Mealtime Strikes The Stone Age

10. January 2017
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Paleo and LowCarb diets, in which carbohydrate intake is dramatically reduced, are in vogue. Now, however, current study results are delivering evidence that the completely opposite diet is the key to a long and healthy life.

Paleo and LowCarb have for several years been a hipster topic, and a flamboyant way of eating. Many people swear by these diet formats and believe the Stone Age diet, specifically with its high meat consumption and raw vegetables, to be particularly healthy. A complete absence of grains and legumes is thought to offer species-appropriate nutrition, as was already consumed by the people in the Stone Age before the era of agriculture began.

Abstaining from carbohydrates at the cost of losing valuable years of life?

A rejuvenation-protein, according to the latest study results, is only produced in large volume through the completely opposite diet, with increased intake of carbohydrates and reduced protein intake.

The so-called “fountain of youth protein”, fibroblast growth factor21 (FGF21), was considered as early as 2015, based on study results from Yale University, to offer life-giving capacities. The hormone is supposed for instance to perform an important function in the metabolism of glucose and lipids. It is produced among other things in the liver and in certain situations induces the burning of fats, so as to keep blood sugar levels constant.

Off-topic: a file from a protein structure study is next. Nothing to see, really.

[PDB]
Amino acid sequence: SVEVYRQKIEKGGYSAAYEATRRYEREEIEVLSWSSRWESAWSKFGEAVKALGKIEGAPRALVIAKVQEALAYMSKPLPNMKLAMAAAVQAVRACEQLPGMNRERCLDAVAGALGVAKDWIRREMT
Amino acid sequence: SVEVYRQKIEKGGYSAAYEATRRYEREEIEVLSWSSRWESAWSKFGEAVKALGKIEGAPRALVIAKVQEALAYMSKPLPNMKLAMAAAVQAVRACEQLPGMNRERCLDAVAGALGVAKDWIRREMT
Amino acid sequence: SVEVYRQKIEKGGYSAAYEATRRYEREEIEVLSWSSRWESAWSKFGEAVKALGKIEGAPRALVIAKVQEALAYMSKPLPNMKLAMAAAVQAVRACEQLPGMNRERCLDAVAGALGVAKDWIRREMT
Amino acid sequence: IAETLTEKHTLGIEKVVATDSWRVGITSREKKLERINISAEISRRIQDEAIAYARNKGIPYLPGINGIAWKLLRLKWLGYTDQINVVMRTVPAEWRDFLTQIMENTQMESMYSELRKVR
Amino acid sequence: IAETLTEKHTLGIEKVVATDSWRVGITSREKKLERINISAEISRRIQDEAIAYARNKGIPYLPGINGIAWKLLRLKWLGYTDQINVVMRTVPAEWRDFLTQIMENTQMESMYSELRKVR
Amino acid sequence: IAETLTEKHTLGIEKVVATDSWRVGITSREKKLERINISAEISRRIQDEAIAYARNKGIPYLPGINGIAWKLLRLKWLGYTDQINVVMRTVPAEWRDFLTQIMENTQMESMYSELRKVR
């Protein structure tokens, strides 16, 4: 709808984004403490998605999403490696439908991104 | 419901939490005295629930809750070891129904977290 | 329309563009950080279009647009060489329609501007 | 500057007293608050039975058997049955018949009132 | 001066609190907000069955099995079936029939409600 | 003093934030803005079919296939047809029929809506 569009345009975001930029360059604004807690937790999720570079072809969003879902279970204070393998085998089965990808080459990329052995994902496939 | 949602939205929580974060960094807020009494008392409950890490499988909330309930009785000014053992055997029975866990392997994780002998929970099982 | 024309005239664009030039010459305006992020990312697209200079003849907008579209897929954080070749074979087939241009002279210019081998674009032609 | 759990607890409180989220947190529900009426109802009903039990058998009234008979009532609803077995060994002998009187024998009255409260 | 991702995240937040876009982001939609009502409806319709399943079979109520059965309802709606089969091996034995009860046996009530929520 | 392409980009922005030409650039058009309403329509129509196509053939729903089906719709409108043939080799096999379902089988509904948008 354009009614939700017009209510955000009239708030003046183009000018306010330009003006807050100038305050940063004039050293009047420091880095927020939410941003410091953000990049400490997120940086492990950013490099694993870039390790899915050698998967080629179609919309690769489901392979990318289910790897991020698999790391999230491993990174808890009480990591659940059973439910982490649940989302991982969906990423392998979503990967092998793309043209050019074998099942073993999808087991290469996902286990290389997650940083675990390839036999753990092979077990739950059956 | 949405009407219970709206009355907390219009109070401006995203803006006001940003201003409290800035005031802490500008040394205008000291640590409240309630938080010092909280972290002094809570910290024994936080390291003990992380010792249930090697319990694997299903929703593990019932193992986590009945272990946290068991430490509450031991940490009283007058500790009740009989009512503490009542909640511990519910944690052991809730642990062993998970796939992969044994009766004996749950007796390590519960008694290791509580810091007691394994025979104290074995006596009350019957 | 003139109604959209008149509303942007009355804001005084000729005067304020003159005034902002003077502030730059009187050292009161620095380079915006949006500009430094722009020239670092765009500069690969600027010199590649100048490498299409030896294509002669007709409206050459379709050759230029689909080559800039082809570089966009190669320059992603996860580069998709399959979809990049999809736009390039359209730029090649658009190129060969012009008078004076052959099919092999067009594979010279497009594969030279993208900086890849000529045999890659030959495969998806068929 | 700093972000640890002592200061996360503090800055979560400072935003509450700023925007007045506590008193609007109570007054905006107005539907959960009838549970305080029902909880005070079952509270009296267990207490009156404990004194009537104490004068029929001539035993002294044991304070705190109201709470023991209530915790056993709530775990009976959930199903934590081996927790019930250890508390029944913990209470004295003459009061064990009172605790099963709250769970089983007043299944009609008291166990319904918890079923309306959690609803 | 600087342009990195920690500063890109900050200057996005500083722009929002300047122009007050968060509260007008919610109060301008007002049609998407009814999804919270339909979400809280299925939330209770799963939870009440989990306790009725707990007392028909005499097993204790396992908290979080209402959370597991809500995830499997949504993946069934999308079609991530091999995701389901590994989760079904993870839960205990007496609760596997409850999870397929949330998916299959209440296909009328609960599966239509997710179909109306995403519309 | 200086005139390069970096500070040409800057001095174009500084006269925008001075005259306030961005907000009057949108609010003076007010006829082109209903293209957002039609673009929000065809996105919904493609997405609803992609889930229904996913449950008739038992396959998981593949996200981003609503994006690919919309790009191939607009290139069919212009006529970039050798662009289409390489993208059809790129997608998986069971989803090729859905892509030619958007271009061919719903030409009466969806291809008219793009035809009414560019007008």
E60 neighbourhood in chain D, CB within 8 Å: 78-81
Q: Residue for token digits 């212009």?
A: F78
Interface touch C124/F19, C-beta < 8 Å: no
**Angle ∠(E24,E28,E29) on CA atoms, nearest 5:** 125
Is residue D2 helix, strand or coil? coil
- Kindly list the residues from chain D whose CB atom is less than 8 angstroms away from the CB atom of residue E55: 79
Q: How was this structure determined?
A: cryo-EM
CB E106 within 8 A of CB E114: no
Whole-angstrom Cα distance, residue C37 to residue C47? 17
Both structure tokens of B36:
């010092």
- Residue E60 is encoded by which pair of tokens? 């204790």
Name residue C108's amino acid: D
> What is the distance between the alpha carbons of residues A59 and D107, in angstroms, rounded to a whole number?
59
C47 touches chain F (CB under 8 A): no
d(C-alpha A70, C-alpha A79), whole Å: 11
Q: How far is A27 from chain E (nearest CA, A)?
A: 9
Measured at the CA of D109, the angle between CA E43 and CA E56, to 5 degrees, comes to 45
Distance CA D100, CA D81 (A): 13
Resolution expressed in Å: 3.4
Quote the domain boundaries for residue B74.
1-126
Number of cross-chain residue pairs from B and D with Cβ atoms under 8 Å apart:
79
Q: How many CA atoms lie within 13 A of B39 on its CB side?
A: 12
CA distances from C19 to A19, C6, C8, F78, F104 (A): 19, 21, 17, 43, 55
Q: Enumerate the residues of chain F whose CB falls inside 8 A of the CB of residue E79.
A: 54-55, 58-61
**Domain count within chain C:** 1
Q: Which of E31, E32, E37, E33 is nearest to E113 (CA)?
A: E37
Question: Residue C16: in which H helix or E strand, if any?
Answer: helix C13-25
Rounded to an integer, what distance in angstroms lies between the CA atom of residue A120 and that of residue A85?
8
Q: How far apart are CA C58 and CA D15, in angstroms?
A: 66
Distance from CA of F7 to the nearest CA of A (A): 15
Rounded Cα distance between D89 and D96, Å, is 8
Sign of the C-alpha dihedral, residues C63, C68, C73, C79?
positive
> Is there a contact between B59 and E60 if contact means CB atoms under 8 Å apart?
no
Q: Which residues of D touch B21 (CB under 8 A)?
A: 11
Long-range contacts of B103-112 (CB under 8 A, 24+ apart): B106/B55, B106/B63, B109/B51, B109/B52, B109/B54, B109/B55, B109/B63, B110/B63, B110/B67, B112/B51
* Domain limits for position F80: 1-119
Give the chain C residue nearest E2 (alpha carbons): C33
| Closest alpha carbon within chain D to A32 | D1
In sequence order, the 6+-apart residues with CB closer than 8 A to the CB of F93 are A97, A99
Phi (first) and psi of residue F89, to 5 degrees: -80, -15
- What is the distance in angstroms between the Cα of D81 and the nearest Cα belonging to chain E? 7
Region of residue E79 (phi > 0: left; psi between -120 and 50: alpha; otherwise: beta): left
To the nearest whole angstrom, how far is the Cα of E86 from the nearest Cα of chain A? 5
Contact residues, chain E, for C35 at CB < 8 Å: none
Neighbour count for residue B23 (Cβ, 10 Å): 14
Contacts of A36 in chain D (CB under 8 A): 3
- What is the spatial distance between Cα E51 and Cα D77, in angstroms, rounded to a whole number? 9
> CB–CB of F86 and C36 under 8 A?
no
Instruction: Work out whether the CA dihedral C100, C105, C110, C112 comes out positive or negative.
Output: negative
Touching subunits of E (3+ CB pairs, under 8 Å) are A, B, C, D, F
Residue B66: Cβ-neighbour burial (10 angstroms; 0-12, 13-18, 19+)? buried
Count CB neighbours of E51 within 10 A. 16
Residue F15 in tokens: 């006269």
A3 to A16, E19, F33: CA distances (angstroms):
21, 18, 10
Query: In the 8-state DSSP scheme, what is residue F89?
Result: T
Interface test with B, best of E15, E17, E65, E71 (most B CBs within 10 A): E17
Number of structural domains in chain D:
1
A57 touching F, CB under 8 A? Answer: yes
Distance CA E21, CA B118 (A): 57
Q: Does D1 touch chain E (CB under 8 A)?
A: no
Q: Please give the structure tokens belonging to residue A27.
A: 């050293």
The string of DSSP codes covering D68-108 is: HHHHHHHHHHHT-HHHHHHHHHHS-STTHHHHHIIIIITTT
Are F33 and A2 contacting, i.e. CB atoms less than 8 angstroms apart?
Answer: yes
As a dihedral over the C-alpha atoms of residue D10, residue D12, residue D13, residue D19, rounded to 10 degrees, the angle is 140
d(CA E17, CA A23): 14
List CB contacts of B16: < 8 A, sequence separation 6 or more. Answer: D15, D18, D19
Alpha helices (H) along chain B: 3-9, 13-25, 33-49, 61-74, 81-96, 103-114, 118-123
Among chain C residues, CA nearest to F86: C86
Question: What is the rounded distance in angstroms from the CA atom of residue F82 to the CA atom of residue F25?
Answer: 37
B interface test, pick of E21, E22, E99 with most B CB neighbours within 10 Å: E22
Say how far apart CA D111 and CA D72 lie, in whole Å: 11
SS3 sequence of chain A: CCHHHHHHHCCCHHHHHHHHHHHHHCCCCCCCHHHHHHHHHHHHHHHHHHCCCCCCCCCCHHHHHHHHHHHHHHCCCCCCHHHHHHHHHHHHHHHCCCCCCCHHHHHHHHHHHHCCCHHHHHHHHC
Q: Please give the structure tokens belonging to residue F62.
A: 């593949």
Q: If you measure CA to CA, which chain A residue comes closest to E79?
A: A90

In addition, FGF21 is thought to prevent the degeneration of the immune system and thus also increases longevity. In fact, researchers were able through the previous study to show that FGF21 was able to extend the life of mice by up to 40%.

In the recently published study researchers from the University of Sydney managed to demonstrate a connection between diet and FGF21. They studied the effects of 25 different diets on FGF21 levels in the body of mice. And their results show significantly elevated FGF21 levels for protein-restricted diets.

The maximum levels of FGF21 were ultimately achieved with a form of diet in which a reduced protein intake occurred coupled with increased carbohydrate intake. Diets involving increased protein intake and reduced carbohydrate intake such as Paleo or LowCarb are consequently not suitable for inducing high FGF21 levels.

Those bad carbs – but why?

Alongside fat and protein, carbohydrates really rank among the main constituents of our diet. The body uses them among other things as short-term energy supplies and converts them into stored fat for use during hard times. According to some recommendations, a nutritious diet requires that more than 50% of energy supply be taken up in the form of carbohydrates. Yet more and more people consciously avoid this nutritional element and treat carbohydrates as if they were unhealthy.

In one interview Prof. Christoph Klotter of Germany’s Fulda University takes the following stance on nutrition psychology: “In today’s society various forms of nutrition are constantly getting into disrepute. Carbohydrates are merely one example as such. Fatty acids, among other food components, were also presented for years as being unhealthy and now it looks as though we ought to go over this theory again starting from scratch. Carbohydrates have of course, due to their sugar components, always been a health issue. And of course, the increased intake of sugars may under certain circumstances pose a health risk, but carbohydrates are, generally speaking, a food which is difficult to attack from a scientific perspective”.